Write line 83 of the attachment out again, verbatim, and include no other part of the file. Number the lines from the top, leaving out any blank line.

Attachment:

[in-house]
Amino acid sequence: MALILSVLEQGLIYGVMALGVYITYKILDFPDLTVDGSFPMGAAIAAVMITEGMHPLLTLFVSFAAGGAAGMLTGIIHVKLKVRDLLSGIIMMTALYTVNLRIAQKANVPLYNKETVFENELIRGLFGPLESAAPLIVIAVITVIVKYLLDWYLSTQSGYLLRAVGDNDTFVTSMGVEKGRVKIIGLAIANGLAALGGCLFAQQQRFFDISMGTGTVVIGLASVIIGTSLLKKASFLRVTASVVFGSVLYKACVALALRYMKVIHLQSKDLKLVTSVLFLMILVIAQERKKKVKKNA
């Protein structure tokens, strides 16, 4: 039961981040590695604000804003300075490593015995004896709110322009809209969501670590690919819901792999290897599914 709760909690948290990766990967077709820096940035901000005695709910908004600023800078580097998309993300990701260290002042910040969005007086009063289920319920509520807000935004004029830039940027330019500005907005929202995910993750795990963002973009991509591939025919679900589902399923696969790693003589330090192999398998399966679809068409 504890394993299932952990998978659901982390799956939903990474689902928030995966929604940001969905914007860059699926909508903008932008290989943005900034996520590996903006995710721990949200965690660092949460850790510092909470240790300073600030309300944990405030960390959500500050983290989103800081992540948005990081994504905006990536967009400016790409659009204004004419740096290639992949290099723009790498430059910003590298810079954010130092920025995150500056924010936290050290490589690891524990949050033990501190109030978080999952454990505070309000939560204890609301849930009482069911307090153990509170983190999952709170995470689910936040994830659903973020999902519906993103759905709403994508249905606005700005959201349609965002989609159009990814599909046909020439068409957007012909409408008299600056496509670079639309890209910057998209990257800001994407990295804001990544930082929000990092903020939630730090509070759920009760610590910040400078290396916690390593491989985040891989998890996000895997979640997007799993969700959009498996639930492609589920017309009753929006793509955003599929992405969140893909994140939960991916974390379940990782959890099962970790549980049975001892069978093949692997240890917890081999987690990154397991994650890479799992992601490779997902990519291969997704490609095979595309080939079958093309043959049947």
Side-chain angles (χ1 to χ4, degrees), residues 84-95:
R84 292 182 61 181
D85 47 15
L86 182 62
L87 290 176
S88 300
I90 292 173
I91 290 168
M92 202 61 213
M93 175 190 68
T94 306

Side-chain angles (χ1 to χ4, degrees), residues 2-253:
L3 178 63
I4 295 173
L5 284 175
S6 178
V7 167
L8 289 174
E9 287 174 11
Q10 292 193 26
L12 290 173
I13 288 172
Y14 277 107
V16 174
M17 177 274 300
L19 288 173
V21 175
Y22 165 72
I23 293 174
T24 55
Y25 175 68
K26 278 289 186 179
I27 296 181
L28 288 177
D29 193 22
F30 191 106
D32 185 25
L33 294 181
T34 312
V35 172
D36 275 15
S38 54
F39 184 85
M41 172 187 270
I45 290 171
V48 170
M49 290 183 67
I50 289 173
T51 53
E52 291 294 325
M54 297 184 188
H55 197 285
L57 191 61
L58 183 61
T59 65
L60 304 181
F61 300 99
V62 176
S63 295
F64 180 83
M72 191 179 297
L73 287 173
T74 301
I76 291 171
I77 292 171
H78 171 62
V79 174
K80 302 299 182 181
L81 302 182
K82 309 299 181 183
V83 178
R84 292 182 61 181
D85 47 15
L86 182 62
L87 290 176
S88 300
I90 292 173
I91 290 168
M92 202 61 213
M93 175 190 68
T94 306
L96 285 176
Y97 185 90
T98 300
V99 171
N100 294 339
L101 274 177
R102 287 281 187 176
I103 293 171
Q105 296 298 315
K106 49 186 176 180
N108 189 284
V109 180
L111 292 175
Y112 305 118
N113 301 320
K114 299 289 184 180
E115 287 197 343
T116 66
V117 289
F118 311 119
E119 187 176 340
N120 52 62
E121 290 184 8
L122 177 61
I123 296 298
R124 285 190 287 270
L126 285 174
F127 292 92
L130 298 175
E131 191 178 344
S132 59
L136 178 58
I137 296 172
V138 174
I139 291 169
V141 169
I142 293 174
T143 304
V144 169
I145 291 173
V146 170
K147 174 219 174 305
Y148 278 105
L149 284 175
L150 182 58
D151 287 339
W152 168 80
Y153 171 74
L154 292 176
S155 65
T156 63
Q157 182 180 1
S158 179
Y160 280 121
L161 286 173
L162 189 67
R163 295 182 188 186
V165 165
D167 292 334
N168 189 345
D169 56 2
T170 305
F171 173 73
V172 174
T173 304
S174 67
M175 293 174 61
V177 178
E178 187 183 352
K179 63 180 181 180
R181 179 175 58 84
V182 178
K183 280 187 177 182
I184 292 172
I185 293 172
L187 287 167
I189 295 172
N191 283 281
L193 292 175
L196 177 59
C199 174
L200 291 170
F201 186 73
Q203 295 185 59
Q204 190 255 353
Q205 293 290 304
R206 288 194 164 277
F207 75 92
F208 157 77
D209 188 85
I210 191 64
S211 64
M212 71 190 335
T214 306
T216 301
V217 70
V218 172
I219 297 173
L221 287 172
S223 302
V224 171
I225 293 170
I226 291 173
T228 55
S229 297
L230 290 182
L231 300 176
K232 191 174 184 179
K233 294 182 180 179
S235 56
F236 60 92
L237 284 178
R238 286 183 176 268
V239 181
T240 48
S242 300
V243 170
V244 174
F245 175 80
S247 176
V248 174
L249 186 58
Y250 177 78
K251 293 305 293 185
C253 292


M93 175 190 68